Thursday, July 28, 2016

Top Ten Most Annoying and/or Useless Aliens in Star Trek




Star Trek introduced us to a wide variety of aliens in the galaxy. Some are fearsome, others are allies, while some provide us with some good laughs. Still, in every galaxy not every species can be seen a good use of space. Here are my picks for the aliens that I really don’t think added a whole lot to the Trek universe and would have been happier if they had never graced my TV screen.


10. The Catullans (Original Series) – From the episode “The Way to Eden” we are introduced to a Catullan, the son of an ambassador, and one of a band of intergalactic hippies. This is their only introduction, so to be fair we do not know for certain that this one wayward son is a true representative of his entire race, but on the offside chance that he is, his is a planet I have no wish to ever visit. Call me “Herbert” if you must. Because they only have the one character representing them, I placed them much lower on the list, but if the whole planet is full of cringe-worthy hippies, then they would shoot right on up (or down, as it may be) this list.


9. Dopterians (Deep Space 9) – These guys are close relatives to the Ferengi, which means Betazoids can’t read them. They were often used in civilian roles and as petty criminals, such as smugglers, thieves, and the like. Not much to them to make them stand out. It was almost as if they were used whenever they needed an unscrupulous character but for some reason the writers didn’t want to have a Ferengi.


8. The Aldeans (Next Generation) – This group of people are so enlightened that they cut off all ties with the rest of the galaxy. Talk about your elitist snobs. They went so far to achieve their perfect isolation that they cloaked their entire planet. Unfortunately, this eventually made the race sterile, to the point where they kidnapped Wes Crusher and a handful of other children to help repopulate their species. This made me scratch my head a little when I first saw it, because even as a teenager I realized that they needed more than a single-digit number of children to repopulate a species. So much for being a highly advanced and intelligent species.


7. The Overlookers (Voyager) – Take the Teletubbies and cross them with bitter potatoes, and you get the Overlookers. Based on how much time some of them spend watching other crews, you could say that this crossing included couch potatoes. They were the Delta Quadrant’s Peeping Toms, spying on passing ships to determine if it was worth it to raid them. Their Hierarchy definitely was a bit OCD on the whole Risk vs Benefit scale. Try as I did, I just could not take these guys seriously, especially considering more impressive alien species that Voyager encountered.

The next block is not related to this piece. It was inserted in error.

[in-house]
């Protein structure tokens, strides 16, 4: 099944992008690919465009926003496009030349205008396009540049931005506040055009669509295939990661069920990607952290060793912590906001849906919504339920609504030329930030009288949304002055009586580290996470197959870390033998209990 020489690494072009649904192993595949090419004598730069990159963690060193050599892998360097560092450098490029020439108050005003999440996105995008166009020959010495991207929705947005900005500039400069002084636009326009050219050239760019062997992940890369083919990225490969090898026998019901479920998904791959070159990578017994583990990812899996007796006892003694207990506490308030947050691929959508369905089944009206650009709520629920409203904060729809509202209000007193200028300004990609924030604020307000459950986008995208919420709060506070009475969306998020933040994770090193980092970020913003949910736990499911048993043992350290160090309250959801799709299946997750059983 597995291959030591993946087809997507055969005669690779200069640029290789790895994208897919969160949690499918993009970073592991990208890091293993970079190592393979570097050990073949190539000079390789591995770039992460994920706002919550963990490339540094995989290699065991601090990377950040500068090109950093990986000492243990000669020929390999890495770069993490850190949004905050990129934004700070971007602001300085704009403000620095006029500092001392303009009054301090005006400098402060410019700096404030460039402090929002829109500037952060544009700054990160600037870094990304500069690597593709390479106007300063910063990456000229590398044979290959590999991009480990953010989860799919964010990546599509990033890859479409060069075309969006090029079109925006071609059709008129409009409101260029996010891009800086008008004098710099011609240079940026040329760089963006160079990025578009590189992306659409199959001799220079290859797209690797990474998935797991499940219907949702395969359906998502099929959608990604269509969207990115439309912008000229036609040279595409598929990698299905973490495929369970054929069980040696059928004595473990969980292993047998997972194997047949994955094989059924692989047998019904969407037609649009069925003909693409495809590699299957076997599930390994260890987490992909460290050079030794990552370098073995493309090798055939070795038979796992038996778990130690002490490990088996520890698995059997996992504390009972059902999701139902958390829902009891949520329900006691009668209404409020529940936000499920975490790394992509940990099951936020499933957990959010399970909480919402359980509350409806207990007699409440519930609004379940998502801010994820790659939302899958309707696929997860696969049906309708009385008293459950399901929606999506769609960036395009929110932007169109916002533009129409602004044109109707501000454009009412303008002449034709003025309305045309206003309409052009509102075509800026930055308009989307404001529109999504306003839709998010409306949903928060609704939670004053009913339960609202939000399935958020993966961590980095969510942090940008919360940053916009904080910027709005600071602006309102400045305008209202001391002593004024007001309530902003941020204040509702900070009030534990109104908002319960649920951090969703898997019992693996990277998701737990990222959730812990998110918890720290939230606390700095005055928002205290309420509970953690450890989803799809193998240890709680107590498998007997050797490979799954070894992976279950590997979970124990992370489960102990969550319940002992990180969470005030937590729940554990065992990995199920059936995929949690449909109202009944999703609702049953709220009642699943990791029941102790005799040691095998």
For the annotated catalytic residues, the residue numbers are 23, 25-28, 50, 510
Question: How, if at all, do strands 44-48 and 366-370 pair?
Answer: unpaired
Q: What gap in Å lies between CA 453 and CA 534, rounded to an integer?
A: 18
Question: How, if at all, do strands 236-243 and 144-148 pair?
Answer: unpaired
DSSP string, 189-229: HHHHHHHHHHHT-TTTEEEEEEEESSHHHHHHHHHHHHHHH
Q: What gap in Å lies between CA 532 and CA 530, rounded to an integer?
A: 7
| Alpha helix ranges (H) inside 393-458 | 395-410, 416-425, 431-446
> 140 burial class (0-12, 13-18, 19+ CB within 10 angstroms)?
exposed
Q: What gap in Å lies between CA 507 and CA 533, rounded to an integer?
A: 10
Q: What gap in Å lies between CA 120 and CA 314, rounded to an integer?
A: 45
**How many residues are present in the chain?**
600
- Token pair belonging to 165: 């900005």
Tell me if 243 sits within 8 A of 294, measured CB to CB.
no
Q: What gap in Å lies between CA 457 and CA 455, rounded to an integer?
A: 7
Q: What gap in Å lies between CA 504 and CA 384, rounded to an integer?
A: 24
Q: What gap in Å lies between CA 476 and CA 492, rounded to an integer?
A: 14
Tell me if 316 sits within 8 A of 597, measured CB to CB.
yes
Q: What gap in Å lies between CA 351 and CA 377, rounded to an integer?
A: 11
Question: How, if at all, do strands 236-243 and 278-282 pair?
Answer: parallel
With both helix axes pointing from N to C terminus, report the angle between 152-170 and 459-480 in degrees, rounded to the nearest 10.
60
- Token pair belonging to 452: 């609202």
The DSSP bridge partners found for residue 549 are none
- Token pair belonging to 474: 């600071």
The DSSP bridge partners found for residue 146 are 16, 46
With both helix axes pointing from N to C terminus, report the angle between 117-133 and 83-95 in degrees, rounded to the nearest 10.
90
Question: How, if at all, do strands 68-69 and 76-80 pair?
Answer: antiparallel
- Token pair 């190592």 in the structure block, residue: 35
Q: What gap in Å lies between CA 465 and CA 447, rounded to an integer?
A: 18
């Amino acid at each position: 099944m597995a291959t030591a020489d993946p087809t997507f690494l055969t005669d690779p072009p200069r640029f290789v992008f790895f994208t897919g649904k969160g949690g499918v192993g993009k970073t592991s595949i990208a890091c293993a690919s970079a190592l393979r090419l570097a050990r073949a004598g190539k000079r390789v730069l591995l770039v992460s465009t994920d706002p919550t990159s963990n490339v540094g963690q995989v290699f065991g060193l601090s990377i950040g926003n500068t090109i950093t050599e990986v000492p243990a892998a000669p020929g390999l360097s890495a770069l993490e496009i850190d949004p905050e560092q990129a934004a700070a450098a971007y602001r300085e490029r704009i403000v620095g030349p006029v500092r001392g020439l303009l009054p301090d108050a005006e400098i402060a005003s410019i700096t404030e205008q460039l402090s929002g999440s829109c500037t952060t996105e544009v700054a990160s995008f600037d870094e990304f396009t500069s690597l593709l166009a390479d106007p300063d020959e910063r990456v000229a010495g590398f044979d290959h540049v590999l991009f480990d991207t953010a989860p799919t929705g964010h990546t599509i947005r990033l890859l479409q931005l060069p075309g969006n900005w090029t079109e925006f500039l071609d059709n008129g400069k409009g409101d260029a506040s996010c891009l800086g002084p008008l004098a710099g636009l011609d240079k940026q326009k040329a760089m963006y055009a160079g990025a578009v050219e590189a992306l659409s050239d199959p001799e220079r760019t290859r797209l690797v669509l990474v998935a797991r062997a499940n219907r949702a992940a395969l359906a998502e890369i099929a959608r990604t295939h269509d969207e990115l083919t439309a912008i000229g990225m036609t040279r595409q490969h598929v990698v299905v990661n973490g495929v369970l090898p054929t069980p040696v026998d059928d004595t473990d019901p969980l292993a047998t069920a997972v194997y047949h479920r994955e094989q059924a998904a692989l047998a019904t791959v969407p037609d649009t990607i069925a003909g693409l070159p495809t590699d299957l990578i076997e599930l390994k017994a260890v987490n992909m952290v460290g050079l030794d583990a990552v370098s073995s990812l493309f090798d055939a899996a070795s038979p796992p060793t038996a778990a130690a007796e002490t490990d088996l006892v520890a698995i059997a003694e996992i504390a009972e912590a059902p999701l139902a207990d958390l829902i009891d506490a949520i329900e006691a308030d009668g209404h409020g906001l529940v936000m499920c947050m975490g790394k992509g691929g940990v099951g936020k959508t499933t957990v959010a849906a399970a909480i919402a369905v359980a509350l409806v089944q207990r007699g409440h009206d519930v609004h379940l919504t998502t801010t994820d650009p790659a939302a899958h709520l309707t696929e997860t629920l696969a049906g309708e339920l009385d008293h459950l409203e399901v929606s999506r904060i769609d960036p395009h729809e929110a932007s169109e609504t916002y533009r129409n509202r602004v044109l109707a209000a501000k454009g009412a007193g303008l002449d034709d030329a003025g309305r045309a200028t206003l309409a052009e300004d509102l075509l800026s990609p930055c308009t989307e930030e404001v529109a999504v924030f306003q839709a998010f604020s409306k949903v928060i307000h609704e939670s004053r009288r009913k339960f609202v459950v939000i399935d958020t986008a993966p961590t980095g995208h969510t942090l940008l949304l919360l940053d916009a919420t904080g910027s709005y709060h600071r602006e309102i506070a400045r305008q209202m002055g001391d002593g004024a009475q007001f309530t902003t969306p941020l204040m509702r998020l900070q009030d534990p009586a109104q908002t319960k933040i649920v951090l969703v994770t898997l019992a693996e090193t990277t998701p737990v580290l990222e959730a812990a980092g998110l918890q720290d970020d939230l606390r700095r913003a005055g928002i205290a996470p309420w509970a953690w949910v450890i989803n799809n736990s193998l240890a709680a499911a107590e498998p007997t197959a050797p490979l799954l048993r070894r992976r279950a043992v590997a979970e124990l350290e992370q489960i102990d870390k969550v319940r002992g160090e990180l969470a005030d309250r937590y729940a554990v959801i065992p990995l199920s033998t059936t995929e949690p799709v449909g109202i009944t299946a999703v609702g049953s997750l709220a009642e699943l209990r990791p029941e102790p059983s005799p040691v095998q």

6. Son’a (Star Trek: Insurrection) – The Ba’ku were a highly advanced species of human-looking aliens that gave up their technology to live a simpler life on a planet that basically granted them immortality. At one point, a group of their youth decided to rebel from their parents and kick themselves out of the proverbial Garden of Eden. From them the Son’a were born. They quickly learned that not living forever sucked, so they built their civilization on acquiring riches, slaves, and facelifts (or, more accurately, face stretches). They then conspired with a grumpy old Starfleet Admiral to overtake their home world in exchange for the Fountain of Youth. These guys were supposed to be the Big Bad villains of the movie, and they ended up looking more like spoiled whiners who wanted to be sitting at the adult table again. In all the movies, the Son’a were arguably the most disappointing villain (and yes, I am putting the Whale probe in The Voyage Home ahead of them).